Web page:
What’s Happening This Week
There is much more to explore in our calendar. Find other important events in literary history, authors' birthdays, and a variety of holidays, each with related lessons and resources.
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Today is Leap Day!
|Grades||3 – 7|
|Calendar Activity Type||Holiday & School Celebration|
Our solar year is 365.24219 days. Since our calendar does not deal in partial days, every four years, we add an additional day to February. Therefore, our calendar year is either 365 days in nonleap years or 366 days in leap years. A leap year every four years gives us 365.25 days, sending our seasons off course and eventually in the wrong months. To change .25 days to .24219, we skip a few Leap Days every one hundred years or so.
Many years ago, people did not have the scientific information that we have available today to explain the change of seasons, the need for a Leap Day every four years, and the cycle of moon phases. Early civilizations relied on other means of explanation such as myths and folk tales.
Divide the class into groups and provide each group with an explanatory myth (e.g., the children's book Max and Ruby's First Greek Myth by Rosemary Wells or the works of Gerald McDermott or Tomie dePaola). Have students write summaries of the stories to share with the class. Then have the students in each group compose an original myth that explains either the same phenomenon from the book they summarized or another one of their choosing. Stories can be illustrated and collected into a book to share with other classes in the school.
- Leap Central
This site explains things about Leap Year that are not common knowledge to most, has resources for party planning, and also includes a list of Leap Day books.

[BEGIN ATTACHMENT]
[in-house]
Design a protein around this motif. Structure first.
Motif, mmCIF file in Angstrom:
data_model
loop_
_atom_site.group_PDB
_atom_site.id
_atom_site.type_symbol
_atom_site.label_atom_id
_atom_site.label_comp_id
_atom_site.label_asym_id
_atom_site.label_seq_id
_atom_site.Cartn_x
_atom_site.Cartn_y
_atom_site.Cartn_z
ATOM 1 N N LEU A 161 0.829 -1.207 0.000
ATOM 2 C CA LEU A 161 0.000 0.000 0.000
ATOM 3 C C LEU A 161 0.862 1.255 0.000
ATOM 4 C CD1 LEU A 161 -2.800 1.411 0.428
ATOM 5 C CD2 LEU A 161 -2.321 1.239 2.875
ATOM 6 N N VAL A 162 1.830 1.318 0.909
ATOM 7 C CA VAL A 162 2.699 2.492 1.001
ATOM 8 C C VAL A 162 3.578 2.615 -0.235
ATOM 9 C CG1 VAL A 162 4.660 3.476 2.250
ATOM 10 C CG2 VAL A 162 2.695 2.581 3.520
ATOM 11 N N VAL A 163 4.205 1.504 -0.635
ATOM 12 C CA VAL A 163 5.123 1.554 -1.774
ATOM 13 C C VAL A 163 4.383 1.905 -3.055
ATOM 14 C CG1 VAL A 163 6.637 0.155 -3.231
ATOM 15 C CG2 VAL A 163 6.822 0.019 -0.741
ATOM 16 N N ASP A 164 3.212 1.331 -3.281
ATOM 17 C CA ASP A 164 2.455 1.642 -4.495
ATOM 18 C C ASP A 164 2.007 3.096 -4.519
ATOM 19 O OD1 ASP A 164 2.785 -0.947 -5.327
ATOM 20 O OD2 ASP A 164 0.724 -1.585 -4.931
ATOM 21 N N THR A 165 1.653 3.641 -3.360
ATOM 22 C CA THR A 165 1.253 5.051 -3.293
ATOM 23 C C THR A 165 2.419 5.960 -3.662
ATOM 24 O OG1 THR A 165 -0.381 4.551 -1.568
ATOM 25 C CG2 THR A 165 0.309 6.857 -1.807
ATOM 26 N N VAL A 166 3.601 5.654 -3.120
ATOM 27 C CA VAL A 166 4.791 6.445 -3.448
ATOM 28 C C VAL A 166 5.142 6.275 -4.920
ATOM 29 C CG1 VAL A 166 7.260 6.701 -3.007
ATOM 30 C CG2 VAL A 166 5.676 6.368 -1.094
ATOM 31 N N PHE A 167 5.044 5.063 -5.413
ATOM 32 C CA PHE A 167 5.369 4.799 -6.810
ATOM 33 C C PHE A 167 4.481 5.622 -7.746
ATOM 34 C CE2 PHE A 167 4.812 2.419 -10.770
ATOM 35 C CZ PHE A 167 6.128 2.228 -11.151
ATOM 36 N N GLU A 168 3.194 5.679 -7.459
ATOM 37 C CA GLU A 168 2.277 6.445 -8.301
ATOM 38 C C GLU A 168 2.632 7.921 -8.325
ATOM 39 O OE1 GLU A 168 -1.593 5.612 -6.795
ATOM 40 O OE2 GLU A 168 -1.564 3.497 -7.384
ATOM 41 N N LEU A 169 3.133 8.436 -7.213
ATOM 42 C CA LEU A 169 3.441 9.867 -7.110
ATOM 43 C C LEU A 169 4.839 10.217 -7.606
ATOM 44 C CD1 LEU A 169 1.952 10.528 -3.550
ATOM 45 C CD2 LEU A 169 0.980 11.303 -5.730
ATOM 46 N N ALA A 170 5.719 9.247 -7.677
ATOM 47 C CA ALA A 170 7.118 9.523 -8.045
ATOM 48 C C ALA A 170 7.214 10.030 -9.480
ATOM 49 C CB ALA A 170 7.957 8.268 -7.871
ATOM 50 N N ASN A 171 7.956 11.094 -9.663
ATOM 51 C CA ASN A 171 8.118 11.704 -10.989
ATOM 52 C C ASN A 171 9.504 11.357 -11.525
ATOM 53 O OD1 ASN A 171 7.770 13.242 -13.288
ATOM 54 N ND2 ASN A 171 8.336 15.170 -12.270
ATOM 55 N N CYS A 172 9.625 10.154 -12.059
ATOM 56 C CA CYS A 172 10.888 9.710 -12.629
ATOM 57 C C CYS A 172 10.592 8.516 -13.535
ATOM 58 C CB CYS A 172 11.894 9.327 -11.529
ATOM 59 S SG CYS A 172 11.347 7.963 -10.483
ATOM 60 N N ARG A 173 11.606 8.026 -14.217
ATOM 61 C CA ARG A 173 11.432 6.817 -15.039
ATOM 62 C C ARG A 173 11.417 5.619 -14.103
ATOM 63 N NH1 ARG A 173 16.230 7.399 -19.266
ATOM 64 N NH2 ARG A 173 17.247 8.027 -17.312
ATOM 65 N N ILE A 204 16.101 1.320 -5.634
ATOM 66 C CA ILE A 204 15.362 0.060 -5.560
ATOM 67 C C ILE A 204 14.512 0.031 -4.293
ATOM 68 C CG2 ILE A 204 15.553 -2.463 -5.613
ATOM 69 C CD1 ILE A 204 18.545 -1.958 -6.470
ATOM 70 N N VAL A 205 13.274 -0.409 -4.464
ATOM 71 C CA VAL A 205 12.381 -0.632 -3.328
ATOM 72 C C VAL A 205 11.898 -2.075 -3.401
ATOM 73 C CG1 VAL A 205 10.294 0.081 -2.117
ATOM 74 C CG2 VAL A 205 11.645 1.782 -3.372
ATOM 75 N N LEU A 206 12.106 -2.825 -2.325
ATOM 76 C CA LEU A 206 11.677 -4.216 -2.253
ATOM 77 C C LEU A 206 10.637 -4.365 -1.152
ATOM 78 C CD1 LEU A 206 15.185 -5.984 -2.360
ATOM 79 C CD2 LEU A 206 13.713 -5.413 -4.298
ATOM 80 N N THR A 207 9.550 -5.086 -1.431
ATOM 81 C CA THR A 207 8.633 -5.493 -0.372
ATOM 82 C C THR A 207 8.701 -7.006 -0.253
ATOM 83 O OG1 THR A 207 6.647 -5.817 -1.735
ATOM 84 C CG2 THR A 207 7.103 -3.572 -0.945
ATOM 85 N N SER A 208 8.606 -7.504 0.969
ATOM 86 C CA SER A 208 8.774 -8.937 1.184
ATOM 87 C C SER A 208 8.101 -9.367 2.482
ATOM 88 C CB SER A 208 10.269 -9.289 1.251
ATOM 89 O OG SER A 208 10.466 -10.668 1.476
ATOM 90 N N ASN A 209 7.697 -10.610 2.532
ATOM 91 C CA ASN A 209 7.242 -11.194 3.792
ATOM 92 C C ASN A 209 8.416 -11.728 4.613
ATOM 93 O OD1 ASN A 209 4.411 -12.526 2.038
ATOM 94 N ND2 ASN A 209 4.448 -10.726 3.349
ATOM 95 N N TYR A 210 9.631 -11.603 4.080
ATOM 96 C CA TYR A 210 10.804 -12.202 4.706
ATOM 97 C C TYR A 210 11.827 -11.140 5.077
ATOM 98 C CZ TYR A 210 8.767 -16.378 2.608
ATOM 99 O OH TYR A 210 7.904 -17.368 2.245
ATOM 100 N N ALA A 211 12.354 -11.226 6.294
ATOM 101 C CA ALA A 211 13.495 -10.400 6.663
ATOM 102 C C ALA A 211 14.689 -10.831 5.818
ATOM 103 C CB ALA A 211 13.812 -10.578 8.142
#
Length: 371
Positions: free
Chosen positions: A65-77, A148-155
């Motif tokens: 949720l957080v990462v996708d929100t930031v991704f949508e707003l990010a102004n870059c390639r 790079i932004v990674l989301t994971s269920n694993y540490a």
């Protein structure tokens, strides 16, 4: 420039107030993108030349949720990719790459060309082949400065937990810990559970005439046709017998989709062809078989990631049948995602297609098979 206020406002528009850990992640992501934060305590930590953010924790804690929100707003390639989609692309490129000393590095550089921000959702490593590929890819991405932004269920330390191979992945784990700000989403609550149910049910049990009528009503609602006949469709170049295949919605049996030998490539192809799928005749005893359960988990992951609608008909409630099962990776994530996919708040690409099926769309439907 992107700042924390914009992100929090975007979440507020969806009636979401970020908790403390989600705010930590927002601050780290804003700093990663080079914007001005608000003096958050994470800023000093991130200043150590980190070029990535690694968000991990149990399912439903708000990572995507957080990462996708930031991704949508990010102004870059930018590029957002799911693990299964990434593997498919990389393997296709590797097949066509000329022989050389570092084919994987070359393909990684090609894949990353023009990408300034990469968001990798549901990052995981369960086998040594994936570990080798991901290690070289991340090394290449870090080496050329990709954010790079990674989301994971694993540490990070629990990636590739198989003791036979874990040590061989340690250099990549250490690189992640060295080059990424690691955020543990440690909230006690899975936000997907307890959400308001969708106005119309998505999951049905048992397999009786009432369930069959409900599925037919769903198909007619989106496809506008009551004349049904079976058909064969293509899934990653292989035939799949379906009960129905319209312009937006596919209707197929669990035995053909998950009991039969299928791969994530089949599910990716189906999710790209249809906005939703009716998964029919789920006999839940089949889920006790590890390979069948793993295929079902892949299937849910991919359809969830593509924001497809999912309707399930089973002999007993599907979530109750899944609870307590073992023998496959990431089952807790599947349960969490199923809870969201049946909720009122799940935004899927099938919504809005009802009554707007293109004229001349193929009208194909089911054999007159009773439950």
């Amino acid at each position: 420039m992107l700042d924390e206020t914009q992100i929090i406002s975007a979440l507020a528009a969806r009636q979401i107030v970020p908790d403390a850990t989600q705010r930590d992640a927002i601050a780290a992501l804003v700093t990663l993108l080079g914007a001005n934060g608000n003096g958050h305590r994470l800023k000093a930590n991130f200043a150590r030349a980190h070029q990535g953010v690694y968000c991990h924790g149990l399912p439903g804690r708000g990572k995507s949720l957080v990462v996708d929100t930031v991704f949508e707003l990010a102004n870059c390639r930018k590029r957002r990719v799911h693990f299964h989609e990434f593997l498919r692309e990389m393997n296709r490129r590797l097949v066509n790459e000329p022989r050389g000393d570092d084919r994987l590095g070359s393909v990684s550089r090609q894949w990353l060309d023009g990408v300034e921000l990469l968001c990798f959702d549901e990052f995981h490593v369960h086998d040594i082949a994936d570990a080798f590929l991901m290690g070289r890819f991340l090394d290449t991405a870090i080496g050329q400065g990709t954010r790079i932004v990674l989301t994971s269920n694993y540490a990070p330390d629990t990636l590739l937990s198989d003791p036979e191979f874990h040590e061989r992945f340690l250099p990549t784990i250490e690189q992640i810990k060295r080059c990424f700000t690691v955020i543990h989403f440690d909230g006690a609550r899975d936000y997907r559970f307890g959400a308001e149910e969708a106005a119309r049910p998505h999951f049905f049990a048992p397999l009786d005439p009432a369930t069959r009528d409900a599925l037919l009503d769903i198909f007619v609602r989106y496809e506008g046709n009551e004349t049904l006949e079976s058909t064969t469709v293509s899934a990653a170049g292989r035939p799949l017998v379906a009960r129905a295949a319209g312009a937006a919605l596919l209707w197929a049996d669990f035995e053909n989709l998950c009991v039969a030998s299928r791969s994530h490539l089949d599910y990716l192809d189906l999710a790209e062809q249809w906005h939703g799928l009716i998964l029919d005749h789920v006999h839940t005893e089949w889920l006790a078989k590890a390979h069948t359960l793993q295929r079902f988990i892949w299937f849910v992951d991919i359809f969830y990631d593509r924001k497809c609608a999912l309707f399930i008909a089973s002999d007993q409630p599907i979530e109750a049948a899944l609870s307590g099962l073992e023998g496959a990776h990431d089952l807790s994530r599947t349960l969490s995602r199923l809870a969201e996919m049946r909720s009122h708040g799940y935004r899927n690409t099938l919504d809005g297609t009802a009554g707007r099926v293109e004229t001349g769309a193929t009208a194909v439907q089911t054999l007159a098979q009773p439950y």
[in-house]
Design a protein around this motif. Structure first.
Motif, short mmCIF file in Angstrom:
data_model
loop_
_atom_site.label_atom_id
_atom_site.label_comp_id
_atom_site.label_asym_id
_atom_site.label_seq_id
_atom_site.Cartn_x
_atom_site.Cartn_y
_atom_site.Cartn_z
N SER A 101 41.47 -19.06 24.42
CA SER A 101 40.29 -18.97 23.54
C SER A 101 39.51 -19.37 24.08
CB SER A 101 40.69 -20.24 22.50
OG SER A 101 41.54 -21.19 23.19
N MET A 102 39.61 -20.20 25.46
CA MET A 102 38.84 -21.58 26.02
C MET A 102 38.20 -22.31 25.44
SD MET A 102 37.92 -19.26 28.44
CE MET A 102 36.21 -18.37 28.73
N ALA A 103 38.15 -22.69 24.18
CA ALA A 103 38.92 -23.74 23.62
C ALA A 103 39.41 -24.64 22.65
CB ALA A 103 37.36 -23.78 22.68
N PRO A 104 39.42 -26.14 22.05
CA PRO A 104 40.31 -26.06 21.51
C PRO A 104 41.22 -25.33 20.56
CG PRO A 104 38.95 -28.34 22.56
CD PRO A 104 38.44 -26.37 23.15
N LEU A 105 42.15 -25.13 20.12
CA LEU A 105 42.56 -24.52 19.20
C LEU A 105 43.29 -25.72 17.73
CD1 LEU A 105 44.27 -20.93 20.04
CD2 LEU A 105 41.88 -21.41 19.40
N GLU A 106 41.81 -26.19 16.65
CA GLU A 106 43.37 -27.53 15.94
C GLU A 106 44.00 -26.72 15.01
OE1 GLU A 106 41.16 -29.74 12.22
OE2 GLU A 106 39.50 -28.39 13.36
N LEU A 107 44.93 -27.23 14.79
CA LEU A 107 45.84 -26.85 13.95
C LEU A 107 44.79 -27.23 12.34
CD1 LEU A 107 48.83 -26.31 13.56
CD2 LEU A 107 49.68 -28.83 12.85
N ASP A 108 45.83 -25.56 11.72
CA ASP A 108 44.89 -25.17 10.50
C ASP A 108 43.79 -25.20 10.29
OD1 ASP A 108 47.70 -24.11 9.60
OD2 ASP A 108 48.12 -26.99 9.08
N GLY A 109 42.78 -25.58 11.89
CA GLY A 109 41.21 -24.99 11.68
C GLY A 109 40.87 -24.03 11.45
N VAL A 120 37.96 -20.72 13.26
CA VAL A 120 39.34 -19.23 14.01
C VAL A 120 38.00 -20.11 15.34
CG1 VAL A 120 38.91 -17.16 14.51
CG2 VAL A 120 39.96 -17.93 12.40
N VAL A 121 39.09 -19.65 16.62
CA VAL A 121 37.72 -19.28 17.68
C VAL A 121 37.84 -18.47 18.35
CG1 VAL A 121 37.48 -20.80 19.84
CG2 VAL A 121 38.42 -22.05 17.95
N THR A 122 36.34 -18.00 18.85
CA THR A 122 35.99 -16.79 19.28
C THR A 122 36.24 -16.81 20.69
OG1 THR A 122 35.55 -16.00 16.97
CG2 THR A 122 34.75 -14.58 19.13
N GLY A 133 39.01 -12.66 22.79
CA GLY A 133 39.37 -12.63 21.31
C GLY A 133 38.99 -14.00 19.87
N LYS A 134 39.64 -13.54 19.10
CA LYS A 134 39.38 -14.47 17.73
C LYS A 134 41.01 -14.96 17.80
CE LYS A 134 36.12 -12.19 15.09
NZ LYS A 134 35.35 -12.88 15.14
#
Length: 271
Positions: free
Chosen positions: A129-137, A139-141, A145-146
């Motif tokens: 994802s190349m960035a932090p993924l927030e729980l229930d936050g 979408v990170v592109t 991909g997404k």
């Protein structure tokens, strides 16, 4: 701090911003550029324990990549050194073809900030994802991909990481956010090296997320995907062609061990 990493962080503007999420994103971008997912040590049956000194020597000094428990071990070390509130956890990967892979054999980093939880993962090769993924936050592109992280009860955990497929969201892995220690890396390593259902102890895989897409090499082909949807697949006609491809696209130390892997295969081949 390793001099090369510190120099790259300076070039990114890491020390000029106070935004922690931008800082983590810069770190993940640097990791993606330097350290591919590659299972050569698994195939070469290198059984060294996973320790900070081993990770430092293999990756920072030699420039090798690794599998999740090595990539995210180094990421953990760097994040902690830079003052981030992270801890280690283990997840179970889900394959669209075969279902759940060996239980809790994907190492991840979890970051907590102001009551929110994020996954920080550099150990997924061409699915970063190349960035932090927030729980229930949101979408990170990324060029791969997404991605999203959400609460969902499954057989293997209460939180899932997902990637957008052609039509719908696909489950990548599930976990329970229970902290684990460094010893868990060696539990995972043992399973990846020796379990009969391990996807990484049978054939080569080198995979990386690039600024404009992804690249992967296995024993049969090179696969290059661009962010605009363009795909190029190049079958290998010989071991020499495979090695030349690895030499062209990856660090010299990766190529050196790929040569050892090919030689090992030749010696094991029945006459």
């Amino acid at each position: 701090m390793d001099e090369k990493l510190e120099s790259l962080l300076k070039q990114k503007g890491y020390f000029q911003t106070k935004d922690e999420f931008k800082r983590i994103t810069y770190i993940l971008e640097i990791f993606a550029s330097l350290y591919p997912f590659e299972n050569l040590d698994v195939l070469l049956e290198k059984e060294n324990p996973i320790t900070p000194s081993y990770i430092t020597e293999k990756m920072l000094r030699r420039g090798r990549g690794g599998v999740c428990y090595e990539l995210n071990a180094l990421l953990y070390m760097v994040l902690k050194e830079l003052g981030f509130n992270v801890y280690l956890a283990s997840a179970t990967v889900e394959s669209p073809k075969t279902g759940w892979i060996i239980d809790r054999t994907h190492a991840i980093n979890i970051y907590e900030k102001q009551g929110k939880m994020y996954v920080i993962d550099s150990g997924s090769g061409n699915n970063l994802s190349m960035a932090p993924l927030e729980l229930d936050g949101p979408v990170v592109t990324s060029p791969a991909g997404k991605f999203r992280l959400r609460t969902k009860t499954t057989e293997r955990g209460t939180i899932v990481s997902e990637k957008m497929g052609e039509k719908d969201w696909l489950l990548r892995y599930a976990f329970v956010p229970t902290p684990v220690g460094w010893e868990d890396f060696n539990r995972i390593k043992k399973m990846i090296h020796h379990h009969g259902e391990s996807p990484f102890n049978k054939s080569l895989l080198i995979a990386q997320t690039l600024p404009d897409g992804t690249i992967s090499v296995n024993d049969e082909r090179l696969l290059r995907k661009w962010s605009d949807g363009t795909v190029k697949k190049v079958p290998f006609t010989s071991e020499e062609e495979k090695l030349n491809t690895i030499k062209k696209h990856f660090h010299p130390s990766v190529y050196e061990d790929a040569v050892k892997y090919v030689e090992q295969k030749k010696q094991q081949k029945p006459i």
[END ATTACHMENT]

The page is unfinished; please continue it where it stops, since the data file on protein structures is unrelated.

- The Year of Confusion
This online story from Highlights Kids is an engaging account of the time leading up to the revision of the calendar to include Leap Day.
- Star Child: A Learning Center for Young Astronomers
Intended for grade-school-level students, this NASA website recommended by SchoolZone has information about astronomy as well as projects, lesson ideas, and resources for the classroom.
- Astronomy Picture of the Day: Julius Caesar and Leap Days
This site from NASA, focusing on an image of a coin minted with Julius Caesar's likeness, provides a brief explanation of the origins of Leap Day. The site also references Sosigenes, the astronomer who consulted with Caesar on the calendar and invention of Leap Day.
Grades 3 – 5 | Lesson Plan | Standard Lesson
Students adopt a skeptical stance and become weather detectives who ask “Why?” and “Why not?” as they investigate the history and validity of some common weather sayings.
Grades 6 – 8 | Lesson Plan | Unit
Students’ responses to this lesson will be out of this world after they’ve researched astronomy to write poetry and compile a poetry book.
Grades K – 2 | Lesson Plan | Unit
Students choose a question to explore, research it using a variety of resources, organize their information on a TCF chart, and then collaboratively write a class scientific explanation.